For a multitude of reasons, Black people, as well as other minorities, are underrepresented in medical research – everything from “GWAS” (Genome Wide Association Surveys) studies to look for genetic variants making people more or less susceptible to various diseases, to clinical trials testing the efficacy of various drugs. This holds true even when they’re more likely to be affected by the diseases the drugs are designed to treat, and this could have profound health effects.
Case in point, that awesome scientist I was telling you about, Dr. Namandjé Bumpus, who was recently appointed Director of the Department of Pharmacology and Molecular Sciences at John Hopkins Medical School!, has dedicated a lot of research into genetic variants in drug-processing proteins called cytochromes, which are responsible for the metabolism (chemical modification) of pharmaceutical drugs once they get inside your body. Different people have different genetic variants of these cytochromes and she’s found that one such variant, CYP3A5*1, which almost 1/2 of African Americans have 2 copies of, makes their bodies better at “detoxing” an HIV treatment & pre-exposure prophylaxis drug called maraviroc (trade name Selzentry). https://bit.ly/2VpoM06
This might sound good, but “detoxing” the drug means their livers chemically modify the maraviroc into a form which, instead of preventing or treating HIV infection by blocking HIV from getting into cells, just gets removed from the body. Basically, their cells are “too good” at getting rid of the drug. So if you give them the same dose of maraviroc as you give someone with the CYP3A5*3 version of the cytochrome gene (a genetic “dud” that is prominent in European Americans and leads to 80-90% of them not expressing functional CYP3A5 at all) the African Americans with the “good” gene will have less of the active drug in their system, leaving them less protected. And, if you only test out the drug on White people, you’re not going to figure that out during the dose-finding stage of clinical studies.
And the clinical study that maraviroc was approved based on, the MOTIVATE trials? Wanna guess how diverse they were? 85% of the people in the study were of European ancestry! 85%! And this is despite the fact that African Americans are more likely to *have* HIV than European Americans!!!!!!! https://bit.ly/2NAm9Eg
That was *not* okay with Bumpus – so she recruited volunteers with different versions of the gene, gave them marivoric & then checked their blood at various timepoints to measure levels of the active drug as well as the CYP3A5-inactivated version (metabolite), M1. She found that those with 2 copies of CYP3A5*1 (~45% of African Americans) had higher levels of M1 & lower levels of the active drug. How much lower? She found that ~1/3 had levels below the target level considered to be most effective. So, if dosed based on the dosing guidelines, 1/3 of the ~45% of African Americans with 2 copies of CYP3A5*1 could be under-treated!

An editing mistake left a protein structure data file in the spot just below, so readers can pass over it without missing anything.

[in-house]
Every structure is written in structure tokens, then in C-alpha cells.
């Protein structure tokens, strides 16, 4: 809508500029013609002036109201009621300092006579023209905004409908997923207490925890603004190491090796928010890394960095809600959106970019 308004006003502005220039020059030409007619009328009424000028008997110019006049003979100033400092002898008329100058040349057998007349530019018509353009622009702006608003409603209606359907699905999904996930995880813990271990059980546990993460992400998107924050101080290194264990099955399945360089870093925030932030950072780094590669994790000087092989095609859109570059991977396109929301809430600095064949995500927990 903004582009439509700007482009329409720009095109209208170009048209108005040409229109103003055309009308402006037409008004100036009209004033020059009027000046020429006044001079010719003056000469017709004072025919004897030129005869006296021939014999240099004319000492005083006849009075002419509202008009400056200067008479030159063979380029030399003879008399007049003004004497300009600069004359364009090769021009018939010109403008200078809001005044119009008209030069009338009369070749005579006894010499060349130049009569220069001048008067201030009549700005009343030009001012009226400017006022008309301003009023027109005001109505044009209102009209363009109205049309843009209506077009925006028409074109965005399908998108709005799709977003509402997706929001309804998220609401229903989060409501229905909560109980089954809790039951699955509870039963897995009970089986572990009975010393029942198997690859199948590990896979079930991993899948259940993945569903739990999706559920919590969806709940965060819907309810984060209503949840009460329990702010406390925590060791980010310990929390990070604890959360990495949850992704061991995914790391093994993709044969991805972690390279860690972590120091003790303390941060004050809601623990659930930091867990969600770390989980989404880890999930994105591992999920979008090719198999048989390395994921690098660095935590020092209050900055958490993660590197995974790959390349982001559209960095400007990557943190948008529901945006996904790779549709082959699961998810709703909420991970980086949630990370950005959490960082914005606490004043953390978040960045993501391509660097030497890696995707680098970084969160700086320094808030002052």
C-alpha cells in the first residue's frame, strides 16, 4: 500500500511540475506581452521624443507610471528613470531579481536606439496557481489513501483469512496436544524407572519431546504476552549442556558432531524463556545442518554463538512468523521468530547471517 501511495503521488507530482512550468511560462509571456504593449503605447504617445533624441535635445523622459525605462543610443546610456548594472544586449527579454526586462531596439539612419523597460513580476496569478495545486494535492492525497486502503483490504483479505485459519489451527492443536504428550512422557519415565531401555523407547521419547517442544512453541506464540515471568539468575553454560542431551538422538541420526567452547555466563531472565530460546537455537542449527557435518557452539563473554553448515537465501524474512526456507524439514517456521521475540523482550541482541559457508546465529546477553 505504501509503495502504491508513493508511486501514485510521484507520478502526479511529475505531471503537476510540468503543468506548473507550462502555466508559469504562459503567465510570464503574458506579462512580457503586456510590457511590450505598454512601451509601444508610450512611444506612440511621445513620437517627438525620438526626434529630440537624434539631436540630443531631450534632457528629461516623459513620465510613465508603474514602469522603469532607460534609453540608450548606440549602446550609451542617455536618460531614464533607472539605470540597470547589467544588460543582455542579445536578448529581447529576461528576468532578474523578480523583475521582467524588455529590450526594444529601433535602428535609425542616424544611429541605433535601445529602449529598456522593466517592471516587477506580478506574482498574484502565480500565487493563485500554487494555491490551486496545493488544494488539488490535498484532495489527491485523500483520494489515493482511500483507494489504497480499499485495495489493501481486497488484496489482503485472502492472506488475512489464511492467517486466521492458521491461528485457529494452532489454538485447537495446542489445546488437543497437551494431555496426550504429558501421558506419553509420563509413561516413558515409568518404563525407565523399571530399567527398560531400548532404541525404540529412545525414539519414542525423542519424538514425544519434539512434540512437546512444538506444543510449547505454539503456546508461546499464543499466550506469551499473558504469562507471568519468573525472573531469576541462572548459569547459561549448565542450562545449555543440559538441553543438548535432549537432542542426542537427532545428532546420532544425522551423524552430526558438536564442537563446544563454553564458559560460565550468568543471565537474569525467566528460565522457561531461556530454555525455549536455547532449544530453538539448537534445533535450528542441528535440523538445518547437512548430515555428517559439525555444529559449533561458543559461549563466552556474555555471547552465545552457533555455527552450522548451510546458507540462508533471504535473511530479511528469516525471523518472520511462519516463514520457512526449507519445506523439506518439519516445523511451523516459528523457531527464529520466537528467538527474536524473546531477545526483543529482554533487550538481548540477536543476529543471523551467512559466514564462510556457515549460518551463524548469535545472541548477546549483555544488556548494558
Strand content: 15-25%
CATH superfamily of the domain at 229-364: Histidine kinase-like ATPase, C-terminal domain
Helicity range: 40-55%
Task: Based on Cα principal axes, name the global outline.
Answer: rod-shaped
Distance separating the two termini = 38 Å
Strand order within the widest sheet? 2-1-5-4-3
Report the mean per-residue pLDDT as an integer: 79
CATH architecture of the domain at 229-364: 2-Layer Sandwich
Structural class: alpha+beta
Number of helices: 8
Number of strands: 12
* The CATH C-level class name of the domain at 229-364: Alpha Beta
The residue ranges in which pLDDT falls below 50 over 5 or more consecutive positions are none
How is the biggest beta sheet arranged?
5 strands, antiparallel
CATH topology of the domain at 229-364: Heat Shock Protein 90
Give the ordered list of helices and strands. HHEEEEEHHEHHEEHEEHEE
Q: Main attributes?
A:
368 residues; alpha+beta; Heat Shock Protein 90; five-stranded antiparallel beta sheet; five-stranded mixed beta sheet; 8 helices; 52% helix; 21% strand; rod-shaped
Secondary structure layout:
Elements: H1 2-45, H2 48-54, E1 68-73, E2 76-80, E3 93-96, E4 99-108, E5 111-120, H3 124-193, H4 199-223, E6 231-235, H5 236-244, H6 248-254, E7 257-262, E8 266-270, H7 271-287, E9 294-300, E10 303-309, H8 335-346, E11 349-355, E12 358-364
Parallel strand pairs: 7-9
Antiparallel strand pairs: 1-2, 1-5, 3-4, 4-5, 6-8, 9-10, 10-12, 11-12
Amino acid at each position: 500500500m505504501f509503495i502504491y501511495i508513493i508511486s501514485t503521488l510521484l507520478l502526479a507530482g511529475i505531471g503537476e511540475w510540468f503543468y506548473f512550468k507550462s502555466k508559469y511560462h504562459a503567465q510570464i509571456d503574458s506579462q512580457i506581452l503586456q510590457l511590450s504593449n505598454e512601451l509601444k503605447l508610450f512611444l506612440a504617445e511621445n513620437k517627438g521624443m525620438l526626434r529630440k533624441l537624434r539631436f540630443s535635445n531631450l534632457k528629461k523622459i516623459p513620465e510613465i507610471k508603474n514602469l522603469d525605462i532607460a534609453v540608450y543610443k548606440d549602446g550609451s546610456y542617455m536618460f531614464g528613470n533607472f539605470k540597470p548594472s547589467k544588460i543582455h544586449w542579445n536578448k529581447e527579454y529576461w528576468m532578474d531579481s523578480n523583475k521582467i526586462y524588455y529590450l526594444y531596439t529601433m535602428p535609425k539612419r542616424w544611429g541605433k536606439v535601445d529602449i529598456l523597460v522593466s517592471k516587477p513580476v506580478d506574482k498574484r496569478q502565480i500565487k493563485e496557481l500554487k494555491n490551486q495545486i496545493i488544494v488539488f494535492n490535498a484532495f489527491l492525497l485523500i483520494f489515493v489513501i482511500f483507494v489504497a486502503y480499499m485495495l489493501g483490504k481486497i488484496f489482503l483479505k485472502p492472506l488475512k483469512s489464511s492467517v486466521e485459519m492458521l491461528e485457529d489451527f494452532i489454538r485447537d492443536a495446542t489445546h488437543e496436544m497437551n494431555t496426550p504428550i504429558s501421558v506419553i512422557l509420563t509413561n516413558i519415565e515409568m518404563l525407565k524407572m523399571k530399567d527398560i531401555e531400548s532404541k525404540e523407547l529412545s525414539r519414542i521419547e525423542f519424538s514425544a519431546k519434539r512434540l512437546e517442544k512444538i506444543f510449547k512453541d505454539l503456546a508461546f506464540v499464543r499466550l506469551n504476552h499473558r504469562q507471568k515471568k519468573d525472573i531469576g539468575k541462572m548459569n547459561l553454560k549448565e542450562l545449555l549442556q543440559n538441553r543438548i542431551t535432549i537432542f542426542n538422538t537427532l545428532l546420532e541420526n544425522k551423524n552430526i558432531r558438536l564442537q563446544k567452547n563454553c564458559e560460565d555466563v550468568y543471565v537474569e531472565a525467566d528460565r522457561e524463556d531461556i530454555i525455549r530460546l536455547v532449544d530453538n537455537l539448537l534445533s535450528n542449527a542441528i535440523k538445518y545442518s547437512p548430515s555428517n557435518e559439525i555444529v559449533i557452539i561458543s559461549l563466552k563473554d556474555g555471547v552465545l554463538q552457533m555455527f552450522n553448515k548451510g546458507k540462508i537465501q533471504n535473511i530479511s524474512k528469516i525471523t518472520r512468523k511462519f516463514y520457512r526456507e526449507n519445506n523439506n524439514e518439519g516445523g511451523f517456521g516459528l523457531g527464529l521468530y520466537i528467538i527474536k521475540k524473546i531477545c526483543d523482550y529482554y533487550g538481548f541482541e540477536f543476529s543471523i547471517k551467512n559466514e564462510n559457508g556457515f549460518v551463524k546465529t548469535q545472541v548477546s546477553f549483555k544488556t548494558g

Thankfully, the difference in metabolism doesn’t appear to affect patient outcomes, which we only know because Bumpus’ study drew attention to the issue and got drug manufacturers to actually look into it. https://bit.ly/2ZjED1e
And this is just one example. Bumpus and others are also raising concern that Black Americans, who are disproportionately becoming severely sick and dying from COVID-19, may be underrepresented in clinical trials for coronavirus treatments. Including for treatments that are known to affect Black populations differently. For example, consider that steroid drug you might have heard about, dexamethosone, which seems to help counter the overactive immune response called a “cytokine storm” that makes some coronavirus patients really really sick. There is some evidence that African Americans may respond less to this sort of drug. https://bit.ly/2ZiWTYA And, if we don’t include African Americans in trials of the drug at representative levels, we won’t know if they’re being treated effectively.
The NIH recently announced an initiative to expand COVID-19 research in underrepresented communities try to address some of these disparities. https://bit.ly/2AcdYuU But their roots run deep…
The history of Black participation in medical research is, well, disgustingly complicated. For years and years, they were excluded outright from official studies, with “unofficial” and highly unethical experimentation done on them, such as the “research” on vaginal fistulas performed by the “father of gynecology,” Dr. Marion Sims. He perfected his technique on unanesthetized slaves (up to 30 times on one single patient!) before he started using it on White women (with anesthesia)). https://bit.ly/2Zdr57F
When Black people *were* included in “official studies,” they were sometimes treated more like lab rats than human beings. For example, in the Tuskegee Syphilis Studies, which only ended in 1972, Black men with syphilis were denied curative treatment and were instead given fake “treatment” (for “bad blood” – they weren’t even told they had syphilis). They were monitored (through to autopsy) to determine the untreated disease’s effect on Black people, long after 1) there was a cure and 2) it was clear that the disease didn’t affect Black people differently. https://bit.ly/tuskegeeexperiment
This whole idea that Black people are almost a different “species” of human has been used for centuries to justify the racist and inhuman treatment of them in all aspects of society, including medicine. For instance, one reason Marion Sims didn’t give the slaves anesthesia is due to the prevailing myth that Black people don’t feel pain the same way as White people. This myth also allowed slave holders to make excuses for working their slaves to the bone. And it perpetuates to this day – a recent study found that many doctors *still* believe Black people feel less pain than White people, leading these doctors to be less likely to prescribe Black people adequate pain medicine. https://bit.ly/2YAXjKU
It’s important to keep this history in mind when we go to talk about disease disparities between racial groups. Because there *are* disparities – but these disparities have nothing to do with “blackness” or “brownness.”
Many of the disparities come from systemic racism leading to socioeconomic inequality undermining the health of underrepresented minorities (URMs) including Black and Hispanic Americans, as well as Indigenous Peoples and many others which I apologize for leaving out. In the game of “social determinants of health,” URMs loose big-time, thanks to centuries of White people establishing themselves (and their wealth) in America on the backs of slaves and URM laborers. For example, Black and Hispanic people are more likely to live in “food desserts” where there isn’t fresh, healthy, food available nearby, are less likely to have easy access to medical care, and are (unsurprisingly) more likely to have diseases such as obesity and diabetes.